Is there really any other way to describe the launch of Vertex Pharmaceuticals' (Nasdaq: VRTX ) hepatitis C drug Incivek?
We got a first peek at the launch in the second quarter, but that was only six weeks ago. The third quarter offered the first look at a full quarter of revenue. And what a quarter it was: $420 million in net sales of its new hepatitis C drug. Assuming nothing surprising pops up, Incivek will reach the magic $1 billion blockbuster status in its first 12 months on the market. That's easily the most successful launch in recent memory. Dendreon (Nasdaq: DNDN ) , Acorda Therapeutics (Nasdaq: ACOR ) , and Avanir Pharmaceuticals (Nasdaq: AVNR ) could learn a thing or two.
The unmet need of hepatitis C patients is a big reason for the successful launch of Incivek. The current treatments -- Roche's Pegasys and Merck's (NYSE: MRK ) PegIntron -- only cure about half of the patients they treat. Adding Incivek increases that number substantially and allows for a shorter duration of Pegasys or PegIntron, which is helpful given the nasty side effects of those drugs.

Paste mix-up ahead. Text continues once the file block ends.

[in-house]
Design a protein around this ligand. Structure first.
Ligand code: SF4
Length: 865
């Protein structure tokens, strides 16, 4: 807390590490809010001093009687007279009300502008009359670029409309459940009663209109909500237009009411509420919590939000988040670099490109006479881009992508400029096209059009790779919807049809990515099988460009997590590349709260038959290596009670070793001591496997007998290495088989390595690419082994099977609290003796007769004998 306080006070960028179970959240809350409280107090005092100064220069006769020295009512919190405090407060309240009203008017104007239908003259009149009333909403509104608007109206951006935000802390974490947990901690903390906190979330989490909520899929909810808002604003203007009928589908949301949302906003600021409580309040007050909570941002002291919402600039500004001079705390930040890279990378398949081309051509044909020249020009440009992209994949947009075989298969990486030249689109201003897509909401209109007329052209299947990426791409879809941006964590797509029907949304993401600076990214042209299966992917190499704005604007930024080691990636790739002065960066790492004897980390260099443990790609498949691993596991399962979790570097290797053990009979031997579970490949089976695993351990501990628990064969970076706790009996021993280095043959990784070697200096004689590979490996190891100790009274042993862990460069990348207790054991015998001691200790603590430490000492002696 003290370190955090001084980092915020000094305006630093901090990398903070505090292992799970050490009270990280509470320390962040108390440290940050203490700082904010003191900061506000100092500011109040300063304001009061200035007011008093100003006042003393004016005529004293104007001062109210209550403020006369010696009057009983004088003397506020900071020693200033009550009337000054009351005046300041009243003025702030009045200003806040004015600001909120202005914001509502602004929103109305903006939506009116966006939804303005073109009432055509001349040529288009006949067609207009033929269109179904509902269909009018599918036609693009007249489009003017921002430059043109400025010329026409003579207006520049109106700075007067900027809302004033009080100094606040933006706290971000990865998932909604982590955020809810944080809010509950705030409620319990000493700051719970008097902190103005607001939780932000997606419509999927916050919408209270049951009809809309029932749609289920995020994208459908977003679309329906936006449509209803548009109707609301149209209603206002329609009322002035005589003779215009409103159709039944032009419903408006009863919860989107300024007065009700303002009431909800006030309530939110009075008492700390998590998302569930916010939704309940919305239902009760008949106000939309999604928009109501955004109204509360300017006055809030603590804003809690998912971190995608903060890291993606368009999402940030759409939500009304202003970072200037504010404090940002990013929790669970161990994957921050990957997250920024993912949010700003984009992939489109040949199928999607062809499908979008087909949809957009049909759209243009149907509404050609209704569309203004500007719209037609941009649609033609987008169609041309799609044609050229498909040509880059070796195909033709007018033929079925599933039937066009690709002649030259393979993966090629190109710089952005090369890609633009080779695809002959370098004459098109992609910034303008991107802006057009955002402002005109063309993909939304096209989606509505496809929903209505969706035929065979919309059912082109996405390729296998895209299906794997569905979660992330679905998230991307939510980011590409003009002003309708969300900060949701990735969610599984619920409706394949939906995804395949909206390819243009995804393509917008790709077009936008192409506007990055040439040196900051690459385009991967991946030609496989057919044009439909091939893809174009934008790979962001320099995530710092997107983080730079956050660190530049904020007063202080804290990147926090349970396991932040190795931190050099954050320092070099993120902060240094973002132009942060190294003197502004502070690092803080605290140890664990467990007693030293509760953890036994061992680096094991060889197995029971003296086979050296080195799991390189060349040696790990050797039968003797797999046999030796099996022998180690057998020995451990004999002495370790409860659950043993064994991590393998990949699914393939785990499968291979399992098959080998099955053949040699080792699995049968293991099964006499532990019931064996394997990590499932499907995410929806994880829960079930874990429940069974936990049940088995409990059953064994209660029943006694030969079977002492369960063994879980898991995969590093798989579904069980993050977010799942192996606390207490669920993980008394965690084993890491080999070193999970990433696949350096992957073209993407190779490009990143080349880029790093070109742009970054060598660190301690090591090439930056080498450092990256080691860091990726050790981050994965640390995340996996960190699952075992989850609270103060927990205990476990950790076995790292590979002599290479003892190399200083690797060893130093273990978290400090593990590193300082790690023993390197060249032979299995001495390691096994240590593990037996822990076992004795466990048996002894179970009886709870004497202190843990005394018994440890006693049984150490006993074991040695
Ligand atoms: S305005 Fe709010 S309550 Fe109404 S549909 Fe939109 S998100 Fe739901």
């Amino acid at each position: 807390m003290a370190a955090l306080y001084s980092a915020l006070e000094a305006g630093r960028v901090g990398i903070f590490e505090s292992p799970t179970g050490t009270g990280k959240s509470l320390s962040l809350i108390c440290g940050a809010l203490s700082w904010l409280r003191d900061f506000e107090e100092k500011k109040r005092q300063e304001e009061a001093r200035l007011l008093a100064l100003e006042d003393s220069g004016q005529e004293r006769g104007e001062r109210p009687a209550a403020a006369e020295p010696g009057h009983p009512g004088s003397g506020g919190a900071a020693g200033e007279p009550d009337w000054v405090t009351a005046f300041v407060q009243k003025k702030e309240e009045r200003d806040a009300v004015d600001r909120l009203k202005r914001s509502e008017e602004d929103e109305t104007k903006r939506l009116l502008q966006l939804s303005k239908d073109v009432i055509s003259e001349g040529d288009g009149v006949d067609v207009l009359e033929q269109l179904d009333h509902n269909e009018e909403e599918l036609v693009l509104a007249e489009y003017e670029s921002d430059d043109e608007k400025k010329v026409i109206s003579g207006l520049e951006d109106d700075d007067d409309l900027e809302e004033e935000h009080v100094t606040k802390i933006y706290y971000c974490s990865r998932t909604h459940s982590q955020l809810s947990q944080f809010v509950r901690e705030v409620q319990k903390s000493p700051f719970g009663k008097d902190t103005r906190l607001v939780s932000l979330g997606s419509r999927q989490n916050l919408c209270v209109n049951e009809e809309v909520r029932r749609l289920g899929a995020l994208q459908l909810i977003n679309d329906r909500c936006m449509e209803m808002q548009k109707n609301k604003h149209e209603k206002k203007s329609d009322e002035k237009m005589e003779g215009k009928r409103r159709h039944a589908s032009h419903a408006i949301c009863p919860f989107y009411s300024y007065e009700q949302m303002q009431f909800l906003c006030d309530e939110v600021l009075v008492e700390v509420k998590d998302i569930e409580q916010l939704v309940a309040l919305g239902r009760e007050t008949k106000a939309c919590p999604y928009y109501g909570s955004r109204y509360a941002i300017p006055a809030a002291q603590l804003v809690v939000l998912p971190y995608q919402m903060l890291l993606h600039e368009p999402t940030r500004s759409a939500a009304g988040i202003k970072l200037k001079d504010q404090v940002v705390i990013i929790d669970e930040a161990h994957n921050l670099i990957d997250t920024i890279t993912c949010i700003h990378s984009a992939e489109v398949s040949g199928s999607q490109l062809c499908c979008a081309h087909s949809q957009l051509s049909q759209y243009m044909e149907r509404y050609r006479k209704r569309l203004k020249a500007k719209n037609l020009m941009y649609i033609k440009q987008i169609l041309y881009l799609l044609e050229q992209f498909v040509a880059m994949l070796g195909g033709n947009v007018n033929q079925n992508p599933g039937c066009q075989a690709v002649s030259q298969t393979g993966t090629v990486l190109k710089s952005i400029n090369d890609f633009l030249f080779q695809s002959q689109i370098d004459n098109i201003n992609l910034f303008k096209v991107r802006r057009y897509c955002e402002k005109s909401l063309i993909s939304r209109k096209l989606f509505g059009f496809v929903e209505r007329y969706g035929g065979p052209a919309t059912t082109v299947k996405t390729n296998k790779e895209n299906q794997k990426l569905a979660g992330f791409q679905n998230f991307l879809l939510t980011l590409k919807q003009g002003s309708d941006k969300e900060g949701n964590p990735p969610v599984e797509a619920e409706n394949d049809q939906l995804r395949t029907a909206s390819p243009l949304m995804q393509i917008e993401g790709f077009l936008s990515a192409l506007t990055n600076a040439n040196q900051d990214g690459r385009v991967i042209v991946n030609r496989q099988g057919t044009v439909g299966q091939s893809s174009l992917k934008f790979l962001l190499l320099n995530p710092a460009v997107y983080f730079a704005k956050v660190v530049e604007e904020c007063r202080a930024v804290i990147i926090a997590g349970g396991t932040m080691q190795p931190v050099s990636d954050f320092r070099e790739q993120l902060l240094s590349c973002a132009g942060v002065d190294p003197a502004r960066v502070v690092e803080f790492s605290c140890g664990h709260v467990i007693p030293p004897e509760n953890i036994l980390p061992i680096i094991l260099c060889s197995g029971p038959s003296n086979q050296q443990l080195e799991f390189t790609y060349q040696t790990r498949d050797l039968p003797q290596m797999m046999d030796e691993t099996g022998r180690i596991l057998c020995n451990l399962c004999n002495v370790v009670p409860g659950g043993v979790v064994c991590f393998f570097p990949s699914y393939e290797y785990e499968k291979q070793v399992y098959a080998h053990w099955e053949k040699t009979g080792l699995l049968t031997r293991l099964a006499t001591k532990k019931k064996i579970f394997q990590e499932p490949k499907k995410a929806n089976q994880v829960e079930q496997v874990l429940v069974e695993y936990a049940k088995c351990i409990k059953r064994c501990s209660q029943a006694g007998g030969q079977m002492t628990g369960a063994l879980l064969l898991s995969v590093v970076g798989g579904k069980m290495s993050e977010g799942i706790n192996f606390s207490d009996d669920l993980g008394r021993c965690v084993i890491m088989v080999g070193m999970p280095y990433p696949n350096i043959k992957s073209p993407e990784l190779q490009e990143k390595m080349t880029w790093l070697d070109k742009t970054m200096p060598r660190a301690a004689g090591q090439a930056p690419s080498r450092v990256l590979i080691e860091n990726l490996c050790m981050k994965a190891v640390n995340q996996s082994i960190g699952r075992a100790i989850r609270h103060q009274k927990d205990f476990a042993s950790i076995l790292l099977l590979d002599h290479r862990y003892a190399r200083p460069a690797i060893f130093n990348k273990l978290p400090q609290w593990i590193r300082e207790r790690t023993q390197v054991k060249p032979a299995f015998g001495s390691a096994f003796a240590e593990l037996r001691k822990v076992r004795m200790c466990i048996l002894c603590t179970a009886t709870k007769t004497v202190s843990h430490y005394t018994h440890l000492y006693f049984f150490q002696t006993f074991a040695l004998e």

Keep in mind that unmet need may be necessary for a launch this successful, but it isn't sufficient to get you there. Incivek still had to post better cure rates than Merck's second-generation drug, Victrelis; if their efficacy had been similar, I'm not sure we'd be drooling over Incivek sales right now. Just look at Human Genome Sciences' (Nasdaq: HGSI ) Benlysta; it's the first new lupus treatment in 50 years, but sales last quarter were just $18.8 million, partially because doctors aren't convinced by the efficacy.
At a market cap topping $8.5 billion, there are still a lot of Incivek sales built in to Vertex's valuation. To grow further, Vertex has to keep growing sales of Incivek and gain approval for its cystic fibrosis drug Kalydeco next. A successful launch of that product would certainly help. But would you expect anything less? Cystic fibrosis is another unmet medical need.